ACCC blocks Sonic acquisition of Delta

Published On 04/02/2014 | By Pam Cue | Mergers

Last month, the ACCC announced that it would oppose Sonic Healthcare Limited’s proposed acquisition of the assets of the Delta Imaging Group, which was in liquidation.

The ACCC considered that the proposed acquisition would substantially lessen competition in the markets for the supply of MRI services in Newcastle and Maitland; and the supply of general diagnostic imaging services in Maitland.

Both Sonic and the Delta Imaging Group operated radiology practices in the Hunter region of New South Wales, offering a variety of diagnostic imaging services, including both Medicare-eligible and non-eligible MRI services.

“If Sonic acquires the Delta Imaging Group’s MRI units, it will remove a significant competitive constraint on Sonic, particularly in relation to the pricing of MRI scans,” ACCC Chairman Rod Sims said.

‘The proposed acquisition would [also] remove a significant competitor in an already concentrated market and give Sonic the ability to increase prices charged to patients for [general diagnostic imaging] services such as X-ray, CT scans and Ultrasounds’, Mr Sims went on to say.

Following the proposed acquisition, Sonic would have been the only private supplier of Medicare eligible MRI services in Newcastle and Maitland. The proposed acquisition would also reduce the number of private suppliers of general diagnostic imaging services in Maitland from three to two, with Sonic operating radiology four out of five radiology practices.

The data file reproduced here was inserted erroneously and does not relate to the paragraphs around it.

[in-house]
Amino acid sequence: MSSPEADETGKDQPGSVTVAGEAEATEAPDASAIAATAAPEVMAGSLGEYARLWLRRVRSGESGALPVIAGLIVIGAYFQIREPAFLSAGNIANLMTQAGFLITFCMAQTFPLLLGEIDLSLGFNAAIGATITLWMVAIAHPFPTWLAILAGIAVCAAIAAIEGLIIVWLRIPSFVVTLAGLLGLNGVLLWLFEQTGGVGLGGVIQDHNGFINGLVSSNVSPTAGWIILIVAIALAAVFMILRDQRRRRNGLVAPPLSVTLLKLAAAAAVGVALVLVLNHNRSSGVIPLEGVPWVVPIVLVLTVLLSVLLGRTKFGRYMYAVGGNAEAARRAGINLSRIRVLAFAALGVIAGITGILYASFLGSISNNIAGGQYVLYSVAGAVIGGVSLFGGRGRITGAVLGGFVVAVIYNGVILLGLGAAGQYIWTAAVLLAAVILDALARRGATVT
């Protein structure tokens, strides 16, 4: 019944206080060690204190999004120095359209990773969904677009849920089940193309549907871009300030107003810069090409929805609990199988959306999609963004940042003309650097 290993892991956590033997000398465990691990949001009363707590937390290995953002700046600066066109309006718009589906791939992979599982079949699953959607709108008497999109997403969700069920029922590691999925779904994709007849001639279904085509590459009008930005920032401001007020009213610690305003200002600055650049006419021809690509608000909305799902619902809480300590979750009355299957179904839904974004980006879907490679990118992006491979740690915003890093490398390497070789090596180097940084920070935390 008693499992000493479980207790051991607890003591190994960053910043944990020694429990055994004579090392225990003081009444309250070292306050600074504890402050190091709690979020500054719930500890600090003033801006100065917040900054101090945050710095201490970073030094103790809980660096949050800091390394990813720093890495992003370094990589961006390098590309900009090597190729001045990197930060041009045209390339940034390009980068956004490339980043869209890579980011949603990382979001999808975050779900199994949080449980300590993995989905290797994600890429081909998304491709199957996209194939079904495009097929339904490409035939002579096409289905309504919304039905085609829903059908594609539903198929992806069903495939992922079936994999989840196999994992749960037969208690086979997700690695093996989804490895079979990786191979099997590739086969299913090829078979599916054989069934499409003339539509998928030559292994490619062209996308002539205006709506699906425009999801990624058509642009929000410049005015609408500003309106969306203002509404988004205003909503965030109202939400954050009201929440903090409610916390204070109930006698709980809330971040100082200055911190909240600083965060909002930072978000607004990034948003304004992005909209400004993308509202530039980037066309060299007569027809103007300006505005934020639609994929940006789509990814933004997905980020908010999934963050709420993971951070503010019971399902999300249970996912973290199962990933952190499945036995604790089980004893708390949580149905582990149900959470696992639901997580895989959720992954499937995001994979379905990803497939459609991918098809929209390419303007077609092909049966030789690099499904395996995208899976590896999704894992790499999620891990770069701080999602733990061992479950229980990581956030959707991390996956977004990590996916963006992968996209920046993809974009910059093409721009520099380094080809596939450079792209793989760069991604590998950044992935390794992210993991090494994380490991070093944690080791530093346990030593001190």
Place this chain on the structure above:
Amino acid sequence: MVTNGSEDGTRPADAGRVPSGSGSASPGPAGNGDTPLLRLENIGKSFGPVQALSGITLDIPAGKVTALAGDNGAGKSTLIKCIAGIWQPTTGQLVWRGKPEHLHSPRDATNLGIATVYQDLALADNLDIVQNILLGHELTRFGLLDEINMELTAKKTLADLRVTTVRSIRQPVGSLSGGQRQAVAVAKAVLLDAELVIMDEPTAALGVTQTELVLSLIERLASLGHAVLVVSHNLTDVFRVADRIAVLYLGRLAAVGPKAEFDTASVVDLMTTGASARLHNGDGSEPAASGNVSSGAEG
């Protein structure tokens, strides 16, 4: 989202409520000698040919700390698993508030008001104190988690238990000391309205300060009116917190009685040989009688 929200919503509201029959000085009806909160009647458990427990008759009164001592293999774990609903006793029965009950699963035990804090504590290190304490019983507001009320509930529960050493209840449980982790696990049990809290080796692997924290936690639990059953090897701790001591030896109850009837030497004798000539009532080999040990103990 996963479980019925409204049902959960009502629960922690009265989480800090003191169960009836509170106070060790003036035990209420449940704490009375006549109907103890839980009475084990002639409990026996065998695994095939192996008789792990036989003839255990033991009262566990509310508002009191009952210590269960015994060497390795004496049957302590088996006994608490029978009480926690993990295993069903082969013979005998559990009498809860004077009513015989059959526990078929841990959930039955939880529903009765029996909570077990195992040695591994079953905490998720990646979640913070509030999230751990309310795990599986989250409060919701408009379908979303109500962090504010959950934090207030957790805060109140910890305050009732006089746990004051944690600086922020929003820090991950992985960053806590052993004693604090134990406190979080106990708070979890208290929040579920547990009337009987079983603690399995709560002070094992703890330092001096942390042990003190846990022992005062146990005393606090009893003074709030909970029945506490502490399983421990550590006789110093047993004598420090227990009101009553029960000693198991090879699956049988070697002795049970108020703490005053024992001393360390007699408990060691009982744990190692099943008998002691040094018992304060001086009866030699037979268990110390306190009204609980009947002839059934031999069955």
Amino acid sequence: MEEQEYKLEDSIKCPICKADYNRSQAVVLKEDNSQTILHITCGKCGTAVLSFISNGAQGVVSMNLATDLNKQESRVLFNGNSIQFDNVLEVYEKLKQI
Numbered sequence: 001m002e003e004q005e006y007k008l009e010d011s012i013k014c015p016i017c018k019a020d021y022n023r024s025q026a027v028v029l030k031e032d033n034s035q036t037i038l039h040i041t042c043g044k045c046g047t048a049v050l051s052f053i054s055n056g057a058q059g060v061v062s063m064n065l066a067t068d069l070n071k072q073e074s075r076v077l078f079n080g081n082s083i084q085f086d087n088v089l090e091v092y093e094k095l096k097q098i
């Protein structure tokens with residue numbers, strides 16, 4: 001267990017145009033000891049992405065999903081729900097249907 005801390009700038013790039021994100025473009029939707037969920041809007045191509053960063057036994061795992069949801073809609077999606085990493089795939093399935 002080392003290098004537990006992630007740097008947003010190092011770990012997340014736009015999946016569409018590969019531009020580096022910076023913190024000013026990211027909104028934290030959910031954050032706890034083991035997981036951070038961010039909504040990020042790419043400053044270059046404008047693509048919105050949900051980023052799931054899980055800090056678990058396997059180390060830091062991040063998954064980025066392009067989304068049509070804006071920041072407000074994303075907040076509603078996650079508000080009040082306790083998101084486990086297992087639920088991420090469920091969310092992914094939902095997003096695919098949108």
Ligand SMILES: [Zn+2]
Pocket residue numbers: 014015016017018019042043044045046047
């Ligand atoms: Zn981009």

The ACCC did not consider that public hospital providers of general diagnostic imaging services in the area were likely to constrain Sonic. This was because hospitals tended to prioritise providing services to in-patients over out-patients.

The ACCC also considered that barriers to entry were likely to be significant and that it was unlikely that Sonic would be constrained by the threat of new entry post-acquisition.

The ACCC commenced its public review of the proposed acquisition on 15 October 2013 and published a Statement of Issues outlining its preliminary competition concerns on 5 December 2013.

This is the first ACCC merger decision to be announced this year and the first decision to ‘oppose’ a proposed acquisition. Typically, the ACCC opposes only a small number of transactions a year. For instance, in FY2012-13, the ACCC opposed only six out of the 76 public and confidential reviews it conducted.

Photo credit – Flickr / adrianrbarnes / CC BY 2.0

About The Author

is a solicitor in the Competition Law and Regulatory Group at King & Wood Mallesons Sydney.

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